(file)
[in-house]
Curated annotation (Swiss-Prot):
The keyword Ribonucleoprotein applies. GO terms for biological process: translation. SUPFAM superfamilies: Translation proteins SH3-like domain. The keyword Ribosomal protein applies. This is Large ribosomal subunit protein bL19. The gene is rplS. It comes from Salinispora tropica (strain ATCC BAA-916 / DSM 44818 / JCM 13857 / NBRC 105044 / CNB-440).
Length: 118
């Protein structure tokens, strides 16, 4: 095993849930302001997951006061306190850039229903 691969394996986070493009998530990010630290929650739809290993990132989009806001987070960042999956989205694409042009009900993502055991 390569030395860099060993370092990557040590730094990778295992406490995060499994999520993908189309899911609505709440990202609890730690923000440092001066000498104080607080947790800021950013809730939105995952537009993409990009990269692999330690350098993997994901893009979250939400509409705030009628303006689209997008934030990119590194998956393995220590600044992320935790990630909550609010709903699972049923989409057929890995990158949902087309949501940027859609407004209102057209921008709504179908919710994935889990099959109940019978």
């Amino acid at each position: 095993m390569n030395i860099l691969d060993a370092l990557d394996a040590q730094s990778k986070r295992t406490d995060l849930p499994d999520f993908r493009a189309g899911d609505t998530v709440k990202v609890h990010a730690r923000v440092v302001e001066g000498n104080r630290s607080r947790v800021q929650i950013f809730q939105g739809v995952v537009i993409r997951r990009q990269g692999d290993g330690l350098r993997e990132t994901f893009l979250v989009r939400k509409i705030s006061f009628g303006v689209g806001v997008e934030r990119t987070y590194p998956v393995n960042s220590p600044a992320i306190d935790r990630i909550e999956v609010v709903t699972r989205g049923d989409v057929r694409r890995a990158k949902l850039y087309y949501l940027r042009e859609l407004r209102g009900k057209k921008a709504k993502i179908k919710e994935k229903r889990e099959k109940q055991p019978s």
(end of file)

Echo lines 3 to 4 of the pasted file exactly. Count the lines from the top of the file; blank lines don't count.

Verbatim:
The keyword Ribonucleoprotein applies. GO terms for biological process: translation. SUPFAM superfamilies: Translation proteins SH3-like domain. The keyword Ribosomal protein applies. This is Large ribosomal subunit protein bL19. The gene is rplS. It comes from Salinispora tropica (strain ATCC BAA-916 / DSM 44818 / JCM 13857 / NBRC 105044 / CNB-440).
Length: 118